Thursday, December 6, 2012

Letting You In, part 5

I was supposed to be studying for exams. I was supposed to be ordering flowers. I was supposed to be to my final dress fitting. I was supposed to be tallying up RSVPs. There was so much that I thought I was supposed to be doing.


Planning a funeral was not one of them.


My creative energies have never been tested so much. This memorial needed to represent my father. I focused on the details, finding jobs to keep the family focused on remembering this great man. I guess this was part of my grieving process.


For instance his urn was a motorcycle gas tank. It was from my little brother’s first motorcycle. Dad had it saved in the garage, “scrapbooked” so he could hold all the precious memories alive. Levi (my brother) meticulously sanded it down, and painted it flat black. One of our favorite memories. Ask dad his favorite color, “flat black,” was always his response. He even went so far as to spray paint an old International pickup truck flat black while mom was sleeping. We then put an ‘In Memory’ decal on his urn.


We had decided to wear jeans, a ‘God’ T-shirt, and dew-wraps. You see, dad lived his life for God. He ministered in a way different from the typical pastoral figure. He ministered through living. He always had on a God shirt. It was typically black, and looked like any other biker T-shirt, until you read it. This always drew questions, in which he was always prepared to answer in an inviting way.


He led and participated in many ministries. He was a “Biker for Christ.” He did prison ministries, helped out at soup kitchens, and went with the church teenagers on their mission trips. He was weeks away from becoming an ‘official’ pastor.


I’ll never forget the first time he preached in front of the church. At the time our church was still ‘traditional.’ Dad stood at the front of the church with a black T-shirt emblazoned with bold white letters; “SATAN SUCKS." This was my dad.


This day he was nervous. To add to this nervousness, he had hecklers! Yes, hecklers AT CHURCH! The old ladies did not like his shirt, one even told him to turn it inside out. His nervousness led to pacing, and a view of the back of his shirt. JESUS SAVES. You could feel the sigh of relief and acceptance as everyone sat back and listened to his message.


Back to his memorial. This was by far the most powerful day of my life. I know in most circumstances, especially ones like ours, people are defeated. Questioning God’s purpose, and even existence. I felt empowered. At the end of the day I knew dad had served his purpose.


The day started out wet. A wet, rainy day; how fitting. There were bikers from all across the country (family, and friends he had made in his ministry) riding to this memorial. And it was raining. Hard.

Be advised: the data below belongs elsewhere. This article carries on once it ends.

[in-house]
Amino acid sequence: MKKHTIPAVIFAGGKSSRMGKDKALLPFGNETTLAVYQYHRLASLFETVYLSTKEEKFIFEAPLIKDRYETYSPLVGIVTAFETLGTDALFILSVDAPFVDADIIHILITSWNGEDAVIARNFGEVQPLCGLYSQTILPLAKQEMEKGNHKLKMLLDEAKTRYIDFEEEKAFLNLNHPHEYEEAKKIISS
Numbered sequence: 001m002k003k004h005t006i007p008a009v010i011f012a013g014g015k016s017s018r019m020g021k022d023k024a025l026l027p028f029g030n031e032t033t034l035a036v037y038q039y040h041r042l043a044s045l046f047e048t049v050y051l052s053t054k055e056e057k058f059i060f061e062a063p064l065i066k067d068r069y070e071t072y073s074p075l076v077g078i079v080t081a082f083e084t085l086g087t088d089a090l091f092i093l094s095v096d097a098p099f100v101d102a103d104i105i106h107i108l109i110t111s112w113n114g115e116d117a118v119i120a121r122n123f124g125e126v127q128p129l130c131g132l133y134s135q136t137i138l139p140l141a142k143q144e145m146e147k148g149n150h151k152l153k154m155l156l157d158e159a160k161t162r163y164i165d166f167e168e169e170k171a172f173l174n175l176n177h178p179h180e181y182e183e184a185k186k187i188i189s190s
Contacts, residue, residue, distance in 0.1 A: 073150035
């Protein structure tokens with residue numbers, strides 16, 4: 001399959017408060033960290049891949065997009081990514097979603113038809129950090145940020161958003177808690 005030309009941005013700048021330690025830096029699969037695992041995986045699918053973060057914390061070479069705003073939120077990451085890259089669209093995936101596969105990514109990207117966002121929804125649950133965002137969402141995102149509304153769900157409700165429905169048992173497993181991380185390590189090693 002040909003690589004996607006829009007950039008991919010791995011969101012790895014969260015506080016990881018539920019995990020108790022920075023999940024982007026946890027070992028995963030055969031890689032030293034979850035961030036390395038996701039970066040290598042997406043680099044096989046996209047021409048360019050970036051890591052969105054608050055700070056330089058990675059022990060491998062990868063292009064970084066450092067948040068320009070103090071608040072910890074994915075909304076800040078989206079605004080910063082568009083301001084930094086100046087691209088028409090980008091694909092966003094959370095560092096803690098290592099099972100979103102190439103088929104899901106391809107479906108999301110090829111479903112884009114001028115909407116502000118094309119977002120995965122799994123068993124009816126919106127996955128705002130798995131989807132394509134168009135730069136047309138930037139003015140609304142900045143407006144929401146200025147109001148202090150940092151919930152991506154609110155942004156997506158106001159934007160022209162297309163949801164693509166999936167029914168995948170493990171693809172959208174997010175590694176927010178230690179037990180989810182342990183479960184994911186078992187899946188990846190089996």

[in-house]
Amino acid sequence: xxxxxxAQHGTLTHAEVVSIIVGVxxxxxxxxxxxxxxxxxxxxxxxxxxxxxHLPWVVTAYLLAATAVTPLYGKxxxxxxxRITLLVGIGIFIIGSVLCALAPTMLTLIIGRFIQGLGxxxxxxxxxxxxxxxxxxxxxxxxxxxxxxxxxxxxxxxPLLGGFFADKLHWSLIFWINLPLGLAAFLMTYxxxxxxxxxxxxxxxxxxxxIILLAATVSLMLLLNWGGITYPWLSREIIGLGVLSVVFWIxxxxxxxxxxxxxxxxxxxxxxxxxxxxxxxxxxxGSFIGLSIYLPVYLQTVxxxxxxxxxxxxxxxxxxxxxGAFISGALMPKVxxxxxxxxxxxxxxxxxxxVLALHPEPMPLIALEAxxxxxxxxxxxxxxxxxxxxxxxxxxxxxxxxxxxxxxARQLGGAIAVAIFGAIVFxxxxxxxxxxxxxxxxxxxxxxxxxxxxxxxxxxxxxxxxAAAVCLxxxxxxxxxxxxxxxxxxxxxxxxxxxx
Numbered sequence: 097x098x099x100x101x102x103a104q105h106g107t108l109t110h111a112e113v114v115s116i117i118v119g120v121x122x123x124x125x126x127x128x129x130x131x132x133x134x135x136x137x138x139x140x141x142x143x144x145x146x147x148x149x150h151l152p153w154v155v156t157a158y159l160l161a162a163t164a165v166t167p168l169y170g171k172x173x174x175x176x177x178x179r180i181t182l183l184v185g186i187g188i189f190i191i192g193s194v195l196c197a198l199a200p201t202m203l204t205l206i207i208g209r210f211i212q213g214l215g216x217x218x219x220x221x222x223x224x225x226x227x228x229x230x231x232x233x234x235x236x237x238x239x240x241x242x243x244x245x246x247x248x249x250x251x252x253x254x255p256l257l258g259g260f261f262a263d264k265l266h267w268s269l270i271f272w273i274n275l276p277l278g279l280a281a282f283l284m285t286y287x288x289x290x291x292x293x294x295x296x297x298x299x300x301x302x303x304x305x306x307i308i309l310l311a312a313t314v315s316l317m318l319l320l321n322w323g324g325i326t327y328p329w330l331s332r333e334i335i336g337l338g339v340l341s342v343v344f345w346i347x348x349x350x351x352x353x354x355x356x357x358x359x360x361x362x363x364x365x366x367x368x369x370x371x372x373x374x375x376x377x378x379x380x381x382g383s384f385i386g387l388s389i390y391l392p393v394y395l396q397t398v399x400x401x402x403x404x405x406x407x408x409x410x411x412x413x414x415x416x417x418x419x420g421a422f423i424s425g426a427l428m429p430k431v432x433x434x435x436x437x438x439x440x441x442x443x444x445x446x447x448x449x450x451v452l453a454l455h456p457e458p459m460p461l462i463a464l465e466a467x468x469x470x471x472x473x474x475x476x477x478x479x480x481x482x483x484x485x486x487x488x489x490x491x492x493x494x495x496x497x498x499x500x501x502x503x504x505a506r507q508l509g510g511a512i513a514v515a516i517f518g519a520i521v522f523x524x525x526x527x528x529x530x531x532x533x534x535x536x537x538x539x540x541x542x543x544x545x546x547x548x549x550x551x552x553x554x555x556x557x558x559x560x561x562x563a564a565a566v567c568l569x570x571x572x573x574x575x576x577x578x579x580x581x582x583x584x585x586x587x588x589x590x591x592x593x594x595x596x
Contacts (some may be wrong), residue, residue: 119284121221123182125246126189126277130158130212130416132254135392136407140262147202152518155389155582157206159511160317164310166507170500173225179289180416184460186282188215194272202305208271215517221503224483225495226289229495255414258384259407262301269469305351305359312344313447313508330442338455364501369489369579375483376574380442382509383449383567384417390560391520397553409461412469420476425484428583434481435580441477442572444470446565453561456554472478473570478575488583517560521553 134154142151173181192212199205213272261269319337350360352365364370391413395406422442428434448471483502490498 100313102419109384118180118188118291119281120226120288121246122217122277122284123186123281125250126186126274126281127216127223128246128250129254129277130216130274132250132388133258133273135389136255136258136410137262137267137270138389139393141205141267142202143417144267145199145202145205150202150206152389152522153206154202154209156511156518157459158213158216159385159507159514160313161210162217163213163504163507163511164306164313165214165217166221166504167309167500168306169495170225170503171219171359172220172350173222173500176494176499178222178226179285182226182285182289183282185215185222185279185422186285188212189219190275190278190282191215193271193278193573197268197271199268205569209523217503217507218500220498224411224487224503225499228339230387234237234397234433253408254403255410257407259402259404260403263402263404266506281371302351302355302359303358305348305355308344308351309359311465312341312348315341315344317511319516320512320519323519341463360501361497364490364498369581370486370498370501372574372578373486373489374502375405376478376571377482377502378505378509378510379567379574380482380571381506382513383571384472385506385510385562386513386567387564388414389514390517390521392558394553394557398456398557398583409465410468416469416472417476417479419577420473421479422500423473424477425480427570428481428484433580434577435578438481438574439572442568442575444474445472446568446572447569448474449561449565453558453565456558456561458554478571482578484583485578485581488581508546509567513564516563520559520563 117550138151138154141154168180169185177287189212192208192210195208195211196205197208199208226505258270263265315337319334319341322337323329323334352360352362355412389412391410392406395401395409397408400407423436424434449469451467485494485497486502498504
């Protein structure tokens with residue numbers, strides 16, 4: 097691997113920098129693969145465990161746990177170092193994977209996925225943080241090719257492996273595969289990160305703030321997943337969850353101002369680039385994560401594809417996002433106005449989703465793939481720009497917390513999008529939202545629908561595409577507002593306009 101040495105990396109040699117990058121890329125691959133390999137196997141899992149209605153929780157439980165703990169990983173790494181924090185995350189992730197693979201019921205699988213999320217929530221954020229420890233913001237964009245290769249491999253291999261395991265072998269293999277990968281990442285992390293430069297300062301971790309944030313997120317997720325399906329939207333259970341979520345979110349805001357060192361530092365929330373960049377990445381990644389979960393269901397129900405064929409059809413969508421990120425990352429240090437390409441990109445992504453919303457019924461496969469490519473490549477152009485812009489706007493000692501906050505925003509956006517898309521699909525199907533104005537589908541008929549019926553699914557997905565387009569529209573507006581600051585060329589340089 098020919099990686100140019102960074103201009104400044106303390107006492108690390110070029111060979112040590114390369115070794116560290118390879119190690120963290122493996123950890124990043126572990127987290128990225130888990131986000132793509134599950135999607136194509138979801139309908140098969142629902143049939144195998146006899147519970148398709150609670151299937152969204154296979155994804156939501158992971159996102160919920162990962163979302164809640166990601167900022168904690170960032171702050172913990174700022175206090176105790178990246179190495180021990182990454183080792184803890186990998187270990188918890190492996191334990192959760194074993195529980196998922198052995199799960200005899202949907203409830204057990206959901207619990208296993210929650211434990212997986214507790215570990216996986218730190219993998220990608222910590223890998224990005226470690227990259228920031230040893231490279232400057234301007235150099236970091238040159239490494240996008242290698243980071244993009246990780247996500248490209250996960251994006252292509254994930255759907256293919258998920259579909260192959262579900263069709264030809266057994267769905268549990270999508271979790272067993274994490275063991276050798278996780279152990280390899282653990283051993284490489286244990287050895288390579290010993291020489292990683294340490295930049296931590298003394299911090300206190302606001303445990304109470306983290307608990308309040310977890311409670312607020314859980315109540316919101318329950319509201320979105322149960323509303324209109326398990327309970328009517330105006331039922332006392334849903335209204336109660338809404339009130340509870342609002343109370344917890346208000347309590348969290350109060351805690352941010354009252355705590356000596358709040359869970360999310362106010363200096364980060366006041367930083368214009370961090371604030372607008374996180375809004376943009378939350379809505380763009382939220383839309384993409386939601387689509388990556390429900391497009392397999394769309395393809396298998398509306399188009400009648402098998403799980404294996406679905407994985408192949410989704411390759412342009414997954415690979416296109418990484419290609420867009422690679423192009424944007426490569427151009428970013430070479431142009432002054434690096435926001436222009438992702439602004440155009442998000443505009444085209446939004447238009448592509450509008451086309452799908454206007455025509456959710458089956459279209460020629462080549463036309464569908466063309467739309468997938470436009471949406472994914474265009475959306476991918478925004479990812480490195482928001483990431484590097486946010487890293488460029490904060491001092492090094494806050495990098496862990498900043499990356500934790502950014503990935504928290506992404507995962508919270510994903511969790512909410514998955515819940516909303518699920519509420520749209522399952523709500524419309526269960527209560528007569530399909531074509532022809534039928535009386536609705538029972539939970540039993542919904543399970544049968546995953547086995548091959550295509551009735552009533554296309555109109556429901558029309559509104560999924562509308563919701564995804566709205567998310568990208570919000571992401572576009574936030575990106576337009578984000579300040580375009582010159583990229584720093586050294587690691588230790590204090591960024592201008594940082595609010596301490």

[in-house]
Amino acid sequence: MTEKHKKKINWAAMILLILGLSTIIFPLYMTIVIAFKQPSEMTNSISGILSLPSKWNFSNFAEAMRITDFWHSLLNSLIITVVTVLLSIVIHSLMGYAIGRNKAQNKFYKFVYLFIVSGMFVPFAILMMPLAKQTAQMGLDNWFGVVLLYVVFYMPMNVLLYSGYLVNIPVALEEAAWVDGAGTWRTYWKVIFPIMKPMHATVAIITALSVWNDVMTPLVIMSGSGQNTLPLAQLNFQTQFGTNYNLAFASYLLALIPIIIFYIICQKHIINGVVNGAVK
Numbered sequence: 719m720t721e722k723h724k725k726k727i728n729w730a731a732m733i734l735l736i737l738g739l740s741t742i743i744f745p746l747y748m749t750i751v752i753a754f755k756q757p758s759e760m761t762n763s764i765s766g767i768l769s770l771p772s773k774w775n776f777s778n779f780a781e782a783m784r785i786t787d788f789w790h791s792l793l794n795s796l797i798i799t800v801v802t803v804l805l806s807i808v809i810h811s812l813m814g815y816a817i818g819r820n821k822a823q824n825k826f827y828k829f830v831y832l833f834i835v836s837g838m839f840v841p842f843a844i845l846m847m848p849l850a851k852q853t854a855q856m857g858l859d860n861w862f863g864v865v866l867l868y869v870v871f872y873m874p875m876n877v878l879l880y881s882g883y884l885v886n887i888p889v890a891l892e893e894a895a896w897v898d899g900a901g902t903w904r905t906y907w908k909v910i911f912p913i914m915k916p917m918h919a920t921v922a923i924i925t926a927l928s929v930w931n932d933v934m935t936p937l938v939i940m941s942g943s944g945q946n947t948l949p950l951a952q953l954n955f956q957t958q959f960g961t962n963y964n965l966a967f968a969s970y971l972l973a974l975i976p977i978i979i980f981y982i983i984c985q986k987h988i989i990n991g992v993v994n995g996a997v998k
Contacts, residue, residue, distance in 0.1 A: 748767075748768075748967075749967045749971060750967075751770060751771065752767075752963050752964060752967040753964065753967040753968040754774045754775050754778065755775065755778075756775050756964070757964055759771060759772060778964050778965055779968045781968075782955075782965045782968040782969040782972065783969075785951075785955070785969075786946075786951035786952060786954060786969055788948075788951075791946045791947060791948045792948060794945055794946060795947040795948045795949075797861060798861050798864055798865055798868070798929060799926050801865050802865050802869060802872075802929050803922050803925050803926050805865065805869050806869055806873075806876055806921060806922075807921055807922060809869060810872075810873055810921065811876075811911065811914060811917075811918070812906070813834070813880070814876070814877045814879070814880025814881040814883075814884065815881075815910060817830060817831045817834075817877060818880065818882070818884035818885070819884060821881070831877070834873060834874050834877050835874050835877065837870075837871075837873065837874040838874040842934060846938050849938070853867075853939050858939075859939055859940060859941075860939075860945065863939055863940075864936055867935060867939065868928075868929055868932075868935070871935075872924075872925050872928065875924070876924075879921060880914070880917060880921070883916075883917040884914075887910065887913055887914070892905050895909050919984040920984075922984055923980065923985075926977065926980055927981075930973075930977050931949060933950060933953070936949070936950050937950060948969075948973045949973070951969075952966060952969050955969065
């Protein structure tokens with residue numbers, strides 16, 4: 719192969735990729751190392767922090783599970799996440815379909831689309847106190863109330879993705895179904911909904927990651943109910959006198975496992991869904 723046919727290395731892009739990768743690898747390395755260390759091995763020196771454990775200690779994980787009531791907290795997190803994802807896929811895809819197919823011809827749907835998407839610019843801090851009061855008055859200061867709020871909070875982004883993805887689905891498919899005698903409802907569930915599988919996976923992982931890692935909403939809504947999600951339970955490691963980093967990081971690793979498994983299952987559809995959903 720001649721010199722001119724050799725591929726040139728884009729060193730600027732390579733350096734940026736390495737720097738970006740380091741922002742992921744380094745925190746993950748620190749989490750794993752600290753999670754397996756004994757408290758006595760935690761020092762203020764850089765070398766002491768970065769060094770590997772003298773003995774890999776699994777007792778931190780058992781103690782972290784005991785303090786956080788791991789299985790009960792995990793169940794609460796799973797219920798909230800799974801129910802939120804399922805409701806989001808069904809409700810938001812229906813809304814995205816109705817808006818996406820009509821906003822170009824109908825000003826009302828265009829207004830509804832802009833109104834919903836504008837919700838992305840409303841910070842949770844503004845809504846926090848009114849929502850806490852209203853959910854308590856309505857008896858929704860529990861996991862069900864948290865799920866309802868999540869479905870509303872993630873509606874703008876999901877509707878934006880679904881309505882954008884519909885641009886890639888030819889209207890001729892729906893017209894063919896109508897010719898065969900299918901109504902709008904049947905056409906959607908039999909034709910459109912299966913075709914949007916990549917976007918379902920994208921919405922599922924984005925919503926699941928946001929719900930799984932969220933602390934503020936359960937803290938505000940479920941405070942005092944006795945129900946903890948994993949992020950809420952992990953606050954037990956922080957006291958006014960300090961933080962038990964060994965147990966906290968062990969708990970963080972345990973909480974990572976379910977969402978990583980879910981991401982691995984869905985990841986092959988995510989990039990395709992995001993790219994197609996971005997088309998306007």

I’ll never forget standing in the church parking lot that day. The rain had let up, and was barely a drizzle. All of a sudden there was thunder. A loud, continuous, rumble. I think I heard it before anyone else, or at least I had registered what the sound was.


The tears started to flow, rushing down my face like the rain we were wiping from our windshield earlier. My soon-to-be-husband wrapped his arms around me tight as we waited.


The thunder got louder and louder. And here they came. Motorcycle after motorcycle. Pouring in from both directions, merging together in a single file line. Somber faced. Filling the church parking lot. Remembering my father.


To this day, I get butterflies when I hear the familiar rumble rolling down the highway.


The church was packed. The pews were full. The family center, equipped with video feed, was loaded. People were standing everywhere in between. In over thirty years of service, this was the largest turnout the pastor and his wife had ever seen.


The service was so fitting. Upbeat music. Dad’s story. God’s story. An invitation to Christianity.


Towards the end of the service the pastor invited people to ‘tell their story,’ to remember Dave. This is how I know dad served God’s purpose for him. So many people, some I had never met, stood up and shared how dad led them to God. And we only heard from the sanctuary! The family center was just as energized! People came up to me weeks, even months later sharing their story.


That’s it for today. I’m starting to feel like I am rambling. Come back next week to read more of “my story.” Thanks for bearing with me on this challenging trip.


Wondering what’s going on? Here’s part 1, 2, 3, and 4.


  1. Theresa, Thank you for sharing this story. Amidst your sorrow there is so much joy, and isn't that so like the story of Christ?

    My prayers are with you as you grieve over the loss of your father. He sounded like a truly unique and inspiring man.


    1. He was the most inspiring man I have ever met. Words cannot even describe him. I wish he had more time to touch the world.
      The story gets happier though, so stay tuned.